Cahn: Well, arbitrage is just that, it's arbitrage. So it changes, it comes and goes at various times. Those companies that were able to take advantage of arbitrage did well and capitalized, but the whole domain market in general - the traffic that is being generated, can be monetized in various ways, and so we talked about microsites and full page development, and PPC is still on fire and still aggregating. A lot of the PPC companies are putting a lot more content in search engine relevant sites together. Some people are making their money from buying and selling traffic. Buying low and selling high, and some are making money from CPA and CPN, and some of the traditional ways that we used to make money back seven or eight years ago. I think there will always be arbitrage opportunities in various aspects of the market, it's just that that particular market is closing up, and some other markets will open back up.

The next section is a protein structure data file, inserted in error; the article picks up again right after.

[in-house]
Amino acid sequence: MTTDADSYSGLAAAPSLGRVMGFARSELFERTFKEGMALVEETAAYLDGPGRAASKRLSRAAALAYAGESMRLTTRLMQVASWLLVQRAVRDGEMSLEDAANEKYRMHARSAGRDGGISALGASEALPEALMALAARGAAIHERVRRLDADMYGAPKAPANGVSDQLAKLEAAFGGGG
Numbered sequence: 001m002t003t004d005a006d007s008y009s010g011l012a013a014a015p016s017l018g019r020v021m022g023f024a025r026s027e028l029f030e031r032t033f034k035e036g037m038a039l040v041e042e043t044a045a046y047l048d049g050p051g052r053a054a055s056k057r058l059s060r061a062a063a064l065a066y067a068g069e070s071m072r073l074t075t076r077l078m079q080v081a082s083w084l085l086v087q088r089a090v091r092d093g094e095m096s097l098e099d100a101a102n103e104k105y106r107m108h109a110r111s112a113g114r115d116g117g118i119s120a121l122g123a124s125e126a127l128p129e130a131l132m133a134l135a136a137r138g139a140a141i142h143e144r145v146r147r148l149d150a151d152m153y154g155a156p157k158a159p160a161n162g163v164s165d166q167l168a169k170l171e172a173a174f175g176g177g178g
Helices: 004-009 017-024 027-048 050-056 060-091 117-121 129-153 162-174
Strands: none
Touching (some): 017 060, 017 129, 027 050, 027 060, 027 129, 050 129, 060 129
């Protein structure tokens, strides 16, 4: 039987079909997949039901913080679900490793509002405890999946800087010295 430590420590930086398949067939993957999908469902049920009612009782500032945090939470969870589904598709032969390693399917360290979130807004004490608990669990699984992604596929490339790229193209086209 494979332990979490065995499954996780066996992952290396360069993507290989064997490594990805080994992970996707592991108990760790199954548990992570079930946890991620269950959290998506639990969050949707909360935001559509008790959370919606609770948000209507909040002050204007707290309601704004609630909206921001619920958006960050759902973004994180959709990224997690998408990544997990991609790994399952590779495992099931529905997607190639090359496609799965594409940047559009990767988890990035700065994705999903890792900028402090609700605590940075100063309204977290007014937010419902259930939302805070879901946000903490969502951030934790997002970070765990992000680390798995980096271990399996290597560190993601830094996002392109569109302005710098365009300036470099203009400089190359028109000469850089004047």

Tabke: I see Moniker come to all these conferences - PubCon, you're at the SESs. Do you still do AdTech?

Cahn: Yes. We're the only registrar that actually goes to WebmasterWorld, goes to SES, and of course we're here at Traffic where there are other registrars.

Tabke: What's up with that; why don't these other guys get it.

Cahn: They don't get it.

Tabke: We're at a domain conference and GoDaddy is the only other registrar I've ever seen here.